By Dr. Joti Samra, CEO & Founder of the Psychological Health & Safety (PH&S) Clinic and MyWorkplaceHealth
Taking Medications for Sleep – Do They Work?
Do you struggle with sleep difficulties? Too much on your mind or too much on the go? This is a common problem in the fast-paced world we are living in. Many people are plagued with stress and worry thoughts that make it difficult to fall asleep. Have you used or considered using sleep medication to help you sleep? Many of us have because it seems like a simple and easy solution to our challenges.
But are medications for sleep really a good solution?
Should you take sleeping pills?Sleep medication, both prescription and non-prescription, should only be used in conjunction with making lifestyle changes and should only be used intermittently, for a short duration of approximately 5-10 days.
More extended use leads to drug tolerance, dependence, withdrawal effects, side effects, and rebound insomnia (where sleep problems after medication cessation become worse than they were prior to taking medications).
When taking sleep medications, it’s important to note that you should never mix them with alcohol, and you should always ensure you have allowed for at least 7-8 hours to sleep after taking medication, as it can affect your ability to function the next day.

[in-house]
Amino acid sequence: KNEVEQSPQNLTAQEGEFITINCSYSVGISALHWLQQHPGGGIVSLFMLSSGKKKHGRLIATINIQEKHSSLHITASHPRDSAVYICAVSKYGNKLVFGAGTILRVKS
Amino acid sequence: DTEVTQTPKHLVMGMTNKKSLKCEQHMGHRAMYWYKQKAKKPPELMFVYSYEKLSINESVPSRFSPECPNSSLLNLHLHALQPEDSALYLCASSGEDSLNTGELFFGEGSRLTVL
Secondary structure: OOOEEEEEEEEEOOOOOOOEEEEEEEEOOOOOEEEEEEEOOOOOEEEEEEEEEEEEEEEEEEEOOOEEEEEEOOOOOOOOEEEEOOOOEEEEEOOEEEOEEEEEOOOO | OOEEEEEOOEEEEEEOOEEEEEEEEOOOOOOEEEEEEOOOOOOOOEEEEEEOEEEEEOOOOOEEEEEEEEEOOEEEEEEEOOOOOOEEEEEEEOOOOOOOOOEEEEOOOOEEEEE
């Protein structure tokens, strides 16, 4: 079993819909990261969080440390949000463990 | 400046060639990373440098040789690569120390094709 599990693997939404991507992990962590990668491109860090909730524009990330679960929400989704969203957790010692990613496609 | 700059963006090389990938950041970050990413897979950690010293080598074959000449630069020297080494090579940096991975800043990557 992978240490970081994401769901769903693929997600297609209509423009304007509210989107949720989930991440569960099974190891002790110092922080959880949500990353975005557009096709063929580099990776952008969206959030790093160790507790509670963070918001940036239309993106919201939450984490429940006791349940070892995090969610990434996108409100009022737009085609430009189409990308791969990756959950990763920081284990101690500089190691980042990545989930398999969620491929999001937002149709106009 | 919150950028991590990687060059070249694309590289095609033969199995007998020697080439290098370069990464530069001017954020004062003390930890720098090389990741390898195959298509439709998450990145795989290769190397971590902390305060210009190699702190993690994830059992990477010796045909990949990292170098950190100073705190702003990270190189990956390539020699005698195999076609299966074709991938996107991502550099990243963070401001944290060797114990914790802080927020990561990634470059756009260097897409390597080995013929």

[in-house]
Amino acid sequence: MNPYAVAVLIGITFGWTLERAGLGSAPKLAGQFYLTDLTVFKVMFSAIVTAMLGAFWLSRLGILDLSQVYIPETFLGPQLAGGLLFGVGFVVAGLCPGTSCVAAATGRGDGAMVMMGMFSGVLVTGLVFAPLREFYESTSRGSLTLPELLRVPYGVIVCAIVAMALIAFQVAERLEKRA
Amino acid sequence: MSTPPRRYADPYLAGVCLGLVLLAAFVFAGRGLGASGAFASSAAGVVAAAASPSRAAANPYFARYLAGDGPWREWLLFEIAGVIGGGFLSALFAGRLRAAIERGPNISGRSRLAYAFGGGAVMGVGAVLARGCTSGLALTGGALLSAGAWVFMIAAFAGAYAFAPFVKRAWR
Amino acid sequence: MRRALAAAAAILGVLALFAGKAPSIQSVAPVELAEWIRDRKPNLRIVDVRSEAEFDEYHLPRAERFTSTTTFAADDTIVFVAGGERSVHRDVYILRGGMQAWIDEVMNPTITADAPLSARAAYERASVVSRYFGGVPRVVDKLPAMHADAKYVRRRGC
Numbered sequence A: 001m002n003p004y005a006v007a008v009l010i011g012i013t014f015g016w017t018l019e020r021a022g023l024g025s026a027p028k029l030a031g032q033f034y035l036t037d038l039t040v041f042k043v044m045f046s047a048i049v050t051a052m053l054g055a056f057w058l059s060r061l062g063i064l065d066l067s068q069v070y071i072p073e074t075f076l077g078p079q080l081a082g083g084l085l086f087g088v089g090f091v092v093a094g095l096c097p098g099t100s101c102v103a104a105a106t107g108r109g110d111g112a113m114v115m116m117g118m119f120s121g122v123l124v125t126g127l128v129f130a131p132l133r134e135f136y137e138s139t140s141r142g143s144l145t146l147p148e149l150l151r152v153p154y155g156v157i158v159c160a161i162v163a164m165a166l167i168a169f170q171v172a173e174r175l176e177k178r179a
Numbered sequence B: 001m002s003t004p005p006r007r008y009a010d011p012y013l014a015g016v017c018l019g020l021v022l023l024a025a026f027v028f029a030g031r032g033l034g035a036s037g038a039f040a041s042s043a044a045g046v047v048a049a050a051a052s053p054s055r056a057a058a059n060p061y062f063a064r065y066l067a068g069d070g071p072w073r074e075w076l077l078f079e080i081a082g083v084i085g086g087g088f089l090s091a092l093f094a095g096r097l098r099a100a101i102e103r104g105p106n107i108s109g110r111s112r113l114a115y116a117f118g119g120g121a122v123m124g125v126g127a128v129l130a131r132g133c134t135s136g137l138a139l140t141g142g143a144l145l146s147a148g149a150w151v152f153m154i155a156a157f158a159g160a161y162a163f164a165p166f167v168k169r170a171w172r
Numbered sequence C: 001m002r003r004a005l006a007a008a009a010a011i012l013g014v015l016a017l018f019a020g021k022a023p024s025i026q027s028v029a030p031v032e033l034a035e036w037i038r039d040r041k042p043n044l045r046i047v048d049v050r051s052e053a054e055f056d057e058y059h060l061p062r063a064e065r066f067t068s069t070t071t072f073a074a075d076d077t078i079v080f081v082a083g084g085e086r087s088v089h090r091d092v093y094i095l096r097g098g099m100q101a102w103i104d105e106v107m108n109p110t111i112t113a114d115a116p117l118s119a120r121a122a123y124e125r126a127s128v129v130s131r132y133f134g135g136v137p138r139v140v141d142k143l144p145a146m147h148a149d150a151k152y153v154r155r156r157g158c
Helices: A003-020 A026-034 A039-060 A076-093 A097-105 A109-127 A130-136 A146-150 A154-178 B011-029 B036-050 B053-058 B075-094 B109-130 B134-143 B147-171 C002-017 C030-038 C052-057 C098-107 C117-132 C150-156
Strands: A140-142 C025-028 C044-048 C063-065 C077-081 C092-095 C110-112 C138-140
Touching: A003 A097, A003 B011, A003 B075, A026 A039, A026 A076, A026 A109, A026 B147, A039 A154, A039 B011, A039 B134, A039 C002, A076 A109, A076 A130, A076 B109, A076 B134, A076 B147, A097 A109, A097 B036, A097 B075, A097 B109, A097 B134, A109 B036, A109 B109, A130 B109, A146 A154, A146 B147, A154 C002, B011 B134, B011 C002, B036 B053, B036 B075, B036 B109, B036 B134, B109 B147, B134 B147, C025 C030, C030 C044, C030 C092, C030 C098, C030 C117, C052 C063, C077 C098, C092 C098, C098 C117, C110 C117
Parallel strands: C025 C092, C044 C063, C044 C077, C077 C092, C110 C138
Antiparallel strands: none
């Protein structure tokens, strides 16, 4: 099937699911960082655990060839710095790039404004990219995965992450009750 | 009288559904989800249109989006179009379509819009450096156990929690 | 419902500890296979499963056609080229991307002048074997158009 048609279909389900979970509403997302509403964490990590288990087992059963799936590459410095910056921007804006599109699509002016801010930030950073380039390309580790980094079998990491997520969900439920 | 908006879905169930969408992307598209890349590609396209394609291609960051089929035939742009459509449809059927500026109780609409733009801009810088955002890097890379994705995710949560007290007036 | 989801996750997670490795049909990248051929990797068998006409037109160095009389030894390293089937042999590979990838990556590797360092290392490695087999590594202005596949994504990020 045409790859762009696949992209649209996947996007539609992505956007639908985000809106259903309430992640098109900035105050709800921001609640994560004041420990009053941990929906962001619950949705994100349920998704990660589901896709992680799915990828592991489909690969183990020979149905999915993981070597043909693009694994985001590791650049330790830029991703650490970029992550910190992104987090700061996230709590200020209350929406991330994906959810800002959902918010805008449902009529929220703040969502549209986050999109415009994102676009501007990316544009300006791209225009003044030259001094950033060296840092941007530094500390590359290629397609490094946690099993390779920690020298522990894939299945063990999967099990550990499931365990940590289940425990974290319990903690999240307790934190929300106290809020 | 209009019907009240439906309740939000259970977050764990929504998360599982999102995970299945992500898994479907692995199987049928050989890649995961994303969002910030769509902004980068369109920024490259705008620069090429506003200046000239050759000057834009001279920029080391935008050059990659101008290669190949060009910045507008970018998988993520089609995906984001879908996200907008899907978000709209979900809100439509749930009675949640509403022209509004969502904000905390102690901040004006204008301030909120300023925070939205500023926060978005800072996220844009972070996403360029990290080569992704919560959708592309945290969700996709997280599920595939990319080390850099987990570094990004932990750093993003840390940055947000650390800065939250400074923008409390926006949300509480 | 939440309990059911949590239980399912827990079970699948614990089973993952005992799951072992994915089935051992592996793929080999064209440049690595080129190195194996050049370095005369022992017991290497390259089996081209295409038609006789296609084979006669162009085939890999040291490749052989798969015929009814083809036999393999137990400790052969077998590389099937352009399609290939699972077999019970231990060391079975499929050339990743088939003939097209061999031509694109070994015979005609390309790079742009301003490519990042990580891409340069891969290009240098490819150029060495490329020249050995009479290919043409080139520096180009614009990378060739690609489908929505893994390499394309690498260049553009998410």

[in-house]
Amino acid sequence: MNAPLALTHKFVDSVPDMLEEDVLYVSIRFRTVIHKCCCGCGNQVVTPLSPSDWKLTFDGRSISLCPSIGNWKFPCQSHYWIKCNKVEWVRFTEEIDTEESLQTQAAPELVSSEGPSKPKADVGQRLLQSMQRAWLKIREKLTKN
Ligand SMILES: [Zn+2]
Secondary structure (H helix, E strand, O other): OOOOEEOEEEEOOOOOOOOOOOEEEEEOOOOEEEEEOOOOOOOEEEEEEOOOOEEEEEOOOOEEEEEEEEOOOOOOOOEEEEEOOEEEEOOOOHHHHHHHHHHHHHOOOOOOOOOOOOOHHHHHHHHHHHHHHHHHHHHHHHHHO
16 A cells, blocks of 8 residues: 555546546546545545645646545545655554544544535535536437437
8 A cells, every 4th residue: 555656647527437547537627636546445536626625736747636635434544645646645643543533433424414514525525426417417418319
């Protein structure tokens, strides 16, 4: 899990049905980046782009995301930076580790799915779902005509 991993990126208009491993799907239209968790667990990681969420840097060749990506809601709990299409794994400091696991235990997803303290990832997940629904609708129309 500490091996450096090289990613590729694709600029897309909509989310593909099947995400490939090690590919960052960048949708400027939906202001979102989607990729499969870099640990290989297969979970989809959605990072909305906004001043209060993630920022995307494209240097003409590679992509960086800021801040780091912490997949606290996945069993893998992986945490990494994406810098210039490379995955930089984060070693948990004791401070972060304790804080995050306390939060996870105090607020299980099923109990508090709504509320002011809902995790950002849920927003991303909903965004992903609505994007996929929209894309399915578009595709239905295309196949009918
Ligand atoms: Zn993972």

What about melatonin?
I’m sure you’re thinking, ‘what about melatonin? It is natural isn’t it?’
Yes, melatonin is the key hormone that increases sleepiness. About 50% of people with sleep problems can benefit from up to 3mg of melatonin, taken 0.5 to 1.0 hours before bedtime.
But, just because melatonin is a natural hormone doesn’t mean it should be used regularly. Melatonin can cause some side effects including:
It can also interact with other medications. So, the answer to the question should you take sleeping pills? It should also be used sparingly and in conjunction with lifestyle changes, good sleep hygiene, and CBT.
Cognitive-behavioural treatment (CBT) is the most effective treatment for sleep problems, as well as associated mood and worry or anxiety issues, all of which commonly impact our ability to sleep. It may also be helpful to talk to your family physician to ensure there are no other underlying issues that may be impacting your sleep.
If you’re still struggling with sleep difficulties, sign up for a video consultation with a counsellor at the Psychological Health and Safety Clinic.
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